• Disability Law Overview

    Disability Law OverviewDisability law is regulated by the federal Americans with Disabilities Act of 1990. This law prohibits discrimination against people with disabilities in the areas of employment, housing, education and access to public services and ensures equal opportunity for people with disabilities. An individual with a disability is an individual with a physical or mental impairment that substantially limits one or more major life activities, has a history or record of their impairment, or is perceived by others as having an impairment. There is no set list of all the impairments covered.

    The Americans with Disabilities Act requires reasonable accommodations to be made for individuals with disabilities to provide the same opportunities as provided to those without a disability. The agencies that oversee enforcement are the Equal Employment Opportunity Commission (EEOC) and the Department of Justice. States may also pass their own disability statutes but the statute must be consistent with the Americans with Disabilities Act.

    The Americans with Disabilities Act covers employers with 15 or more employees. The Act requires these employers to provide individuals with disabilities an equal opportunity to benefit from the same employment activities available to others. This act also restricts the type of questions that can be asked about the disability before the applicant is hired. Employers must make reasonable accommodations for any known physical or mental disability unless it would result in an undue hardship for the employer. Complaints must be filed with the EEOC within 180 days of the discrimination. An individual may only file a lawsuit after the individual receives a “right to sue” letter from the EEOC.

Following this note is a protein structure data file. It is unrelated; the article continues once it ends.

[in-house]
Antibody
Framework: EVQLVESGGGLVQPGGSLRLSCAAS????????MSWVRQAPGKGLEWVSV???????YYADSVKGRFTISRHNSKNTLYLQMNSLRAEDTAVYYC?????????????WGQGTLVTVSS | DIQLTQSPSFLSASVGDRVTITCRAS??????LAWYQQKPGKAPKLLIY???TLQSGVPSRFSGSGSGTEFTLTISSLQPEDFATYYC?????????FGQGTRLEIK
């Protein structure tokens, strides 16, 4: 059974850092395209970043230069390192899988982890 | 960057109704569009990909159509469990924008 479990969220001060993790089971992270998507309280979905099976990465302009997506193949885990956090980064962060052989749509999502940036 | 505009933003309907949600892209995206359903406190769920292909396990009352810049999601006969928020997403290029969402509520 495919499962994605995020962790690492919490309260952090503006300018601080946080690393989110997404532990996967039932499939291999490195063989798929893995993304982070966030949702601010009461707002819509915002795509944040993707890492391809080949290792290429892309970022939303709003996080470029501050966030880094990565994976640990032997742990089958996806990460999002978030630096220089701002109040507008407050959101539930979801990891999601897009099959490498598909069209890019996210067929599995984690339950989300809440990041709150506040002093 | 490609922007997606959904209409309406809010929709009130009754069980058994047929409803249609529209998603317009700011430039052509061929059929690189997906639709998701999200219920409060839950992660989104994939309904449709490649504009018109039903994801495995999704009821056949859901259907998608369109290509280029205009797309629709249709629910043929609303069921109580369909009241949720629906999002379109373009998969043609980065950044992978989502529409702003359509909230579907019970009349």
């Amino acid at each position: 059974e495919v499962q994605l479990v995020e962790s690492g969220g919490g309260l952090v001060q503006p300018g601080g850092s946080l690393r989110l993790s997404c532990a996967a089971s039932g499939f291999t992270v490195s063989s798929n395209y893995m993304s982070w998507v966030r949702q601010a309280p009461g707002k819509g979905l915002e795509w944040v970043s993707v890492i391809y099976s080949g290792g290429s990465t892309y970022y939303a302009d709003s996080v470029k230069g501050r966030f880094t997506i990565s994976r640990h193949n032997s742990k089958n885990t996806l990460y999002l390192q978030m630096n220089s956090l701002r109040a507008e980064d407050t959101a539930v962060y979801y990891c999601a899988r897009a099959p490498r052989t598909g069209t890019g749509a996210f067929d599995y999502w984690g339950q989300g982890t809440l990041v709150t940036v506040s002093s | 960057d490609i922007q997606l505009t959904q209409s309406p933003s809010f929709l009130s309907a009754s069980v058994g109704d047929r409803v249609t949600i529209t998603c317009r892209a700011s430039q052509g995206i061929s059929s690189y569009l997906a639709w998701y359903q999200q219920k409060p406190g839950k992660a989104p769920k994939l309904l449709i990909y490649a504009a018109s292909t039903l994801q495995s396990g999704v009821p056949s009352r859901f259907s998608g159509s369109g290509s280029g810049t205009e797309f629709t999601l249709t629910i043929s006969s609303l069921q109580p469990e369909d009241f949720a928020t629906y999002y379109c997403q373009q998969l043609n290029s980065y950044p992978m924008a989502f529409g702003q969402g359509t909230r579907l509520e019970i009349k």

Accommodations must also be made on public transportation for individuals with disabilities. Public transportation authorities must comply with requirements for accessibility on any newly purchased vehicles or make a good faith effort in complying on the purchase of used vehicles. These authorities must also provide paratransit unless it would result in an undue burden. Paratransit is a service where an individual who is unable to use regular transportation is picked up and dropped off at their destination independent of regular public transportation.

    This Act also requires businesses and nonprofits to make accommodations. This includes restaurants, retail stores, hotels, private schools and recreation facilities. These businesses must comply with the nondiscrimination requirements that prohibit exclusion, segregation and unequal treatment. They must also comply with architectural standards, policies and procedures, and effective communication. Complaints of violations of public transportation and business accommodations must be made to the Department of Justice.

    There are additional statutes that protect individuals with disabilities that are more specific than the Americans with Disabilities Act. The Fair Housing Act prohibits discrimination in selling or renting property to individuals with disabilities. The Rehabilitation Act prohibits discrimination in federal agency programs, programs receiving federal funding, federal employment and employees of federal contractors. The Air Carriers Access Act prohibits discrimination in air transportation against qualified individuals with a physical or mental impairment. The Individuals with Disabilities Education Act requires public schools to make available free appropriate education in the least restrictive environment according to their individual needs.
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